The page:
A1c as a diagnostic criteria for diabetes in low- and middle-income settings: Evidence from PERU

J. Jaime Miranda, Antonio Bernabe-Ortiz, Sanja Stanojevic, German Malaga, Robert H. Gilman, Liam Smeeth

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Objectives: To determine the prevalence of type 2 diabetes mellitus, in three groups of Peruvian adults, using fasting glucose and glycosylated hemoglobin (A1C). Methodology/Principal Findings: This study included adults from the PERU MIGRANT Study who had fasted ≥8 h. Fasting glucose ≥126 mg/dL and A1C≥6.5% were used, separately, to define diabetes. Subjects with a current diagnosis of diabetes were excluded. 964 of 988 subjects were included in this analysis. Overall, 0.9% (95%CI 0.3-1.5) and 3.5% (95%CI 2.4-4.7) had diabetes using fasting glucose and A1C criteria, respectively. Compared to those classified as having diabetes using fasting glucose, newly classified subjects with diabetes using A1C (n = 25), were older, poorer, thinner and more likely to come from rural areas. Of these, 40% (10/25) had impaired fasting glucose (IFG). Conclusions: This study shows that the use of A1C as diagnostic criteria for type 2 diabetes mellitus identifies people of different characteristics than fasting glucose. In the PERU MIGRANT population using A1C to define diabetes tripled the prevalence; the increase was more marked among poorer and rural populations. More than half the newly diagnosed people with diabetes using A1C had normal fasting glucose.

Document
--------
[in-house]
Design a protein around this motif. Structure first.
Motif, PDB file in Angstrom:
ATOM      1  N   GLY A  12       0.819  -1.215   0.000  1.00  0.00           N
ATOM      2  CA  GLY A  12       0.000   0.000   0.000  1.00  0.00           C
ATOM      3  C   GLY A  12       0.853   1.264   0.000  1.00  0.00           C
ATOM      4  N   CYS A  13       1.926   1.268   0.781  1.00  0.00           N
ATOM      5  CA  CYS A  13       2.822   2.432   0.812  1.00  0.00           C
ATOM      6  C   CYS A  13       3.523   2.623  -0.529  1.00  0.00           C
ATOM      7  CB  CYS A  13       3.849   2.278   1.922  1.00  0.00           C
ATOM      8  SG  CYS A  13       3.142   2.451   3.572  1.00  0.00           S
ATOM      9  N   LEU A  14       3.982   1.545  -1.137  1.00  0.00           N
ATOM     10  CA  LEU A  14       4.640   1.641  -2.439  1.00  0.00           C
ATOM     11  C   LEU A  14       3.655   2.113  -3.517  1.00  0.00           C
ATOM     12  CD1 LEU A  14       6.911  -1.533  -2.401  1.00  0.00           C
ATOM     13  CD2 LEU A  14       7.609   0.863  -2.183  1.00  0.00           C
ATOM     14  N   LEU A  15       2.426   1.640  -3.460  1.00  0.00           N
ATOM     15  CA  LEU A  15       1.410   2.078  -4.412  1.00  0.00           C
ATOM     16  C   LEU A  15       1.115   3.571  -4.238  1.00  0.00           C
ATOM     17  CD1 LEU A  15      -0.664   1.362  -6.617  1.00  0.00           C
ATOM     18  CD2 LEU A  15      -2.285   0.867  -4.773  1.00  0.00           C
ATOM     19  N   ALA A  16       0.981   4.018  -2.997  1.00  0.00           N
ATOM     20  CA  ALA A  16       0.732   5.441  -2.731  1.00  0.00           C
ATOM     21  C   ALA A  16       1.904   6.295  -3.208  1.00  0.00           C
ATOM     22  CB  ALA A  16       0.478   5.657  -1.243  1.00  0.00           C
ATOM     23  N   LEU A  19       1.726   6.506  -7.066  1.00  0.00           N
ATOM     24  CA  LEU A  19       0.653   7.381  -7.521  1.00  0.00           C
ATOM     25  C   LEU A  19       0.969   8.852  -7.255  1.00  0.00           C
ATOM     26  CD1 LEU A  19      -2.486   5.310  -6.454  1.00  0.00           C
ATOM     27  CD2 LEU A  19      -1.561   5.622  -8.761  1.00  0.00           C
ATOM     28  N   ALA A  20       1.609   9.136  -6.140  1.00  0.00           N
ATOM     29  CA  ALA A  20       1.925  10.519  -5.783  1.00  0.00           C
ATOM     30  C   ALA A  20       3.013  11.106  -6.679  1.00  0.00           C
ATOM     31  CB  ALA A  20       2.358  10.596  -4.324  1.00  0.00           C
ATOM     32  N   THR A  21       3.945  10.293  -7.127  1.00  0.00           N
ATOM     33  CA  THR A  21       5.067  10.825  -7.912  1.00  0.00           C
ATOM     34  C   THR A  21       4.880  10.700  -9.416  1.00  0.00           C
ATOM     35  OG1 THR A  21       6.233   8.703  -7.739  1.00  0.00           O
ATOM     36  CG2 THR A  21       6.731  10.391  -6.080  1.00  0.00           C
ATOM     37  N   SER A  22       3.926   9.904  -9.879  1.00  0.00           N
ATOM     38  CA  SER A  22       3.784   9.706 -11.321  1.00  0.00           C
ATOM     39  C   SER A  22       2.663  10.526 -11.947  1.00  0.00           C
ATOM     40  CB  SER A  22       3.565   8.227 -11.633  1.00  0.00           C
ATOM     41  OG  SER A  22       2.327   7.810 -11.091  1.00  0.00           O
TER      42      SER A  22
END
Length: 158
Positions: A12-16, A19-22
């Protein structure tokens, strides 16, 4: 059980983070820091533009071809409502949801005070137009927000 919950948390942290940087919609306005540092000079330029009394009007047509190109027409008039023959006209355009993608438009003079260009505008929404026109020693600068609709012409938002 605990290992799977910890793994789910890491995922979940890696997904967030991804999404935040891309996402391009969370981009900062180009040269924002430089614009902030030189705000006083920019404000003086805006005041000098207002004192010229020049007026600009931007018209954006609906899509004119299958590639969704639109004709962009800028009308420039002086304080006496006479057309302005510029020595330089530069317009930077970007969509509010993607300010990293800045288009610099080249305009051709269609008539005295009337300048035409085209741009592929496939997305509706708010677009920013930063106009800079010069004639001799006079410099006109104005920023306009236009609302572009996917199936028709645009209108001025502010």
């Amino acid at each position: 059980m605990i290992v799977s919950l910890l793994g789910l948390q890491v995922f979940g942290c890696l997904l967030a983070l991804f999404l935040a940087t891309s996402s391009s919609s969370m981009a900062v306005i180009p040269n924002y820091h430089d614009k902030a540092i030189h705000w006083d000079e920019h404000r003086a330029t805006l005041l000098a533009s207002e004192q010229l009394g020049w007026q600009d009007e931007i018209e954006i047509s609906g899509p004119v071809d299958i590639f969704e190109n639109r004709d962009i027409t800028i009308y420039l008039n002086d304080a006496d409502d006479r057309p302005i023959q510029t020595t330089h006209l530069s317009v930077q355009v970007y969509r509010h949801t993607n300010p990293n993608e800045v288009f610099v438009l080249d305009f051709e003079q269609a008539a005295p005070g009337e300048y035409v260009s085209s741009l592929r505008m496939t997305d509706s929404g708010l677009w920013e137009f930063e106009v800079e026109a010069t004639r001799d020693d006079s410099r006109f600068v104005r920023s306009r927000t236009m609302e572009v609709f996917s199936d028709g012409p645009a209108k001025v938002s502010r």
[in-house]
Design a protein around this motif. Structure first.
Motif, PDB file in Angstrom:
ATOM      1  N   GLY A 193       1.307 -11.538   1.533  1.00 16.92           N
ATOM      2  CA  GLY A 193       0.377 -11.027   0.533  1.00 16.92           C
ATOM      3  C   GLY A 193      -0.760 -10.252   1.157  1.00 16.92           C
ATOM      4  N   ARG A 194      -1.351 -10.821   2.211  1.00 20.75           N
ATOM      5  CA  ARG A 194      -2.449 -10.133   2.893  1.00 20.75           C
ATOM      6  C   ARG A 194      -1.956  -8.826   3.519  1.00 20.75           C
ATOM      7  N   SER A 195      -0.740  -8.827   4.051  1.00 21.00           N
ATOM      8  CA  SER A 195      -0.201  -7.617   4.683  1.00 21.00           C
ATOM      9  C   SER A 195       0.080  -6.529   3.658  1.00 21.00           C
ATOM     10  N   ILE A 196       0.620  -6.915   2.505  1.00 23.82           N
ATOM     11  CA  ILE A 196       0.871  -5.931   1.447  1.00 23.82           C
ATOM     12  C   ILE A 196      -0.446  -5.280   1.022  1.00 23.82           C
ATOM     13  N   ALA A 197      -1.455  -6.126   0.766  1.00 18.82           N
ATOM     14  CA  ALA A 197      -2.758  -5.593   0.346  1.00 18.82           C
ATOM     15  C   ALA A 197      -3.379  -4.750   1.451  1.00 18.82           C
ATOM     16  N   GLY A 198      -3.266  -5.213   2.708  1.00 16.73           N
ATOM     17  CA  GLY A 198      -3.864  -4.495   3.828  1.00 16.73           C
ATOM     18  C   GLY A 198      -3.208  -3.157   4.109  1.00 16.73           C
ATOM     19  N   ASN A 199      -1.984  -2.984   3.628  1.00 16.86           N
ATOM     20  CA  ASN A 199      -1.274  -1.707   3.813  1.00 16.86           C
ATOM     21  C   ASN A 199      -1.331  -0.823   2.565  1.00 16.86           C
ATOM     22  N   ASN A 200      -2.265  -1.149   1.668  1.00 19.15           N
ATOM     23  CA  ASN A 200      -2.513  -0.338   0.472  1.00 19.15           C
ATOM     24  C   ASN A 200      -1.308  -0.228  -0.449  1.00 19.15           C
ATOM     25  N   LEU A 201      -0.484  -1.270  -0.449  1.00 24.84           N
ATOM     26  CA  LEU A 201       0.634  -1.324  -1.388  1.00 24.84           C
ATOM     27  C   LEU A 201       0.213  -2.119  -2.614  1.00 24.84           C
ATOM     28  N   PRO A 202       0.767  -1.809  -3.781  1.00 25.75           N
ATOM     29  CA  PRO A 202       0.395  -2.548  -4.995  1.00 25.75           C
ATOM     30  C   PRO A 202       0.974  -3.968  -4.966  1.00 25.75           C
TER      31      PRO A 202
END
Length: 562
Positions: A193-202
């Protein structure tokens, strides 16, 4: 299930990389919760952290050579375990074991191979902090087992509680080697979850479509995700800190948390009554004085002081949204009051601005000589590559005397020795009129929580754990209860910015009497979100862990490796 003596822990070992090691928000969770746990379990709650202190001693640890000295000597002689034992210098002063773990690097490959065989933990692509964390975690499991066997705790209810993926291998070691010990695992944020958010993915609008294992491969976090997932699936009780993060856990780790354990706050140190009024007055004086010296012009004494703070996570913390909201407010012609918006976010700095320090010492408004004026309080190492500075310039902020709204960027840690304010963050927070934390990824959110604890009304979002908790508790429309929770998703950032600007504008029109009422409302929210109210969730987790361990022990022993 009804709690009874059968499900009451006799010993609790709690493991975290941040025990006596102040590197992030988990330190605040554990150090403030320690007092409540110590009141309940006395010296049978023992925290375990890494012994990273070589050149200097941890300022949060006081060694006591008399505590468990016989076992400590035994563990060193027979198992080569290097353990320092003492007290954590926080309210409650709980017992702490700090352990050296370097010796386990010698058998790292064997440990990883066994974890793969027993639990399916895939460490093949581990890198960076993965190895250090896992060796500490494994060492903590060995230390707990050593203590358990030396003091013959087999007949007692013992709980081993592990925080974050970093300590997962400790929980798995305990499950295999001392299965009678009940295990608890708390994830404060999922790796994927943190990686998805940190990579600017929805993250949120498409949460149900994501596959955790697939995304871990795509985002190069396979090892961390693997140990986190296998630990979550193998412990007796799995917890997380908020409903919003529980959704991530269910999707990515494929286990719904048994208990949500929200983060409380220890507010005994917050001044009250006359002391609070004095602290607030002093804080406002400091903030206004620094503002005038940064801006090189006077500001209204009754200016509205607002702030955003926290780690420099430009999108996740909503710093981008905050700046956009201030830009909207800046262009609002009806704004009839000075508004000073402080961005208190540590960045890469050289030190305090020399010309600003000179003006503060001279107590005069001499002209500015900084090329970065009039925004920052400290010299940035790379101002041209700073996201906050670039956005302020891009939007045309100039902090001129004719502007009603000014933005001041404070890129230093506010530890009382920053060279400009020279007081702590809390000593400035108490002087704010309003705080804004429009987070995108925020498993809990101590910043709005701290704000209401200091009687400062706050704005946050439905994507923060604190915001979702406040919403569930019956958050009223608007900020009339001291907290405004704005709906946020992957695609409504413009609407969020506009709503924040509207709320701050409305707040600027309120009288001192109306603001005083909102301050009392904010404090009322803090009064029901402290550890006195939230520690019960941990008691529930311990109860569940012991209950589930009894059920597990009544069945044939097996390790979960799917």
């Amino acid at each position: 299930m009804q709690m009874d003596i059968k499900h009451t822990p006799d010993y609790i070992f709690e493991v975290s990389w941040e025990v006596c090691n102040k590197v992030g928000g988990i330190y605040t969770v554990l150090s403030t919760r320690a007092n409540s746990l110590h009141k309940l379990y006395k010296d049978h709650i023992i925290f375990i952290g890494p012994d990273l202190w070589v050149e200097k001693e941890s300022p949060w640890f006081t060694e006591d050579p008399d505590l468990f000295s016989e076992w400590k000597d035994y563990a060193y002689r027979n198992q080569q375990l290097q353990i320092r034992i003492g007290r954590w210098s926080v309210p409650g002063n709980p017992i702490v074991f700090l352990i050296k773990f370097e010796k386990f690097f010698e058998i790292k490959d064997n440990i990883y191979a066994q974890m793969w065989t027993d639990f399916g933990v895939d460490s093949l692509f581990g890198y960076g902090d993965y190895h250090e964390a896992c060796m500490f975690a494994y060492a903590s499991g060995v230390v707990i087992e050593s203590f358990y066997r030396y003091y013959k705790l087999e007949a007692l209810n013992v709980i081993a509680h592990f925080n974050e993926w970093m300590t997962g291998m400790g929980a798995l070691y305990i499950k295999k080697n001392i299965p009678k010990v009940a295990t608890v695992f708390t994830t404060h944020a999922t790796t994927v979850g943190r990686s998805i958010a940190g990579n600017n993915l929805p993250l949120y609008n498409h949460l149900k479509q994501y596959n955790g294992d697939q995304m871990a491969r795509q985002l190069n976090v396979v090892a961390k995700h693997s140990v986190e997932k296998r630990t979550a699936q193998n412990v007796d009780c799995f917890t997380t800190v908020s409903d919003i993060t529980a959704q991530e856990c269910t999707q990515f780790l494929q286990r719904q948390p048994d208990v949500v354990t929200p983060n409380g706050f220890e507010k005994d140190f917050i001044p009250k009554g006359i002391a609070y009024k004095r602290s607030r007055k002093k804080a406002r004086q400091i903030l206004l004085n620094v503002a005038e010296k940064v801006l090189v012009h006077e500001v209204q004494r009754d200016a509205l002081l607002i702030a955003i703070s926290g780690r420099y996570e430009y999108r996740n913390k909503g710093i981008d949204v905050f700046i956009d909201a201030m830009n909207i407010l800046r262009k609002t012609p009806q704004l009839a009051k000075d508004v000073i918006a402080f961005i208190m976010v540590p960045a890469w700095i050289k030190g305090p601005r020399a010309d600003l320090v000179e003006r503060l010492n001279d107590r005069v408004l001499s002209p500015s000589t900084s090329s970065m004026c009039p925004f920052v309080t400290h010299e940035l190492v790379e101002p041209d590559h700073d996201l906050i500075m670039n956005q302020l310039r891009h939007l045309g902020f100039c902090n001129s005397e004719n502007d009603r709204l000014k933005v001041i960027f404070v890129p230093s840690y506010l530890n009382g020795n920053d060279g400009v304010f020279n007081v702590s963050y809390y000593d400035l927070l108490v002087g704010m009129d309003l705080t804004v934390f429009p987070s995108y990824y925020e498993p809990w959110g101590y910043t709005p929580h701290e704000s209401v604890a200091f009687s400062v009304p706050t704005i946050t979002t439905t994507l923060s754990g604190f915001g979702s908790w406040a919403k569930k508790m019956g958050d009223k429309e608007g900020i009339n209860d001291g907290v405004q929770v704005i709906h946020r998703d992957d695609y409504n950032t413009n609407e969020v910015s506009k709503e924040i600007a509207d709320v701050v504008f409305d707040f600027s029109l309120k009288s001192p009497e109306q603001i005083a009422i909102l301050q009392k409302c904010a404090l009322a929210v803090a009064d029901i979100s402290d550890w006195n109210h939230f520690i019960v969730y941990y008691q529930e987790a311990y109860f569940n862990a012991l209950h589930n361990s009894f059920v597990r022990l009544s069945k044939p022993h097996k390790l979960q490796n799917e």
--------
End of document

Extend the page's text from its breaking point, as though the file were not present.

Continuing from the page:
Idioma originalInglés
Número de artículoe18069
PublicaciónPLoS ONE
EstadoPublicada - 2011
Publicado de forma externa


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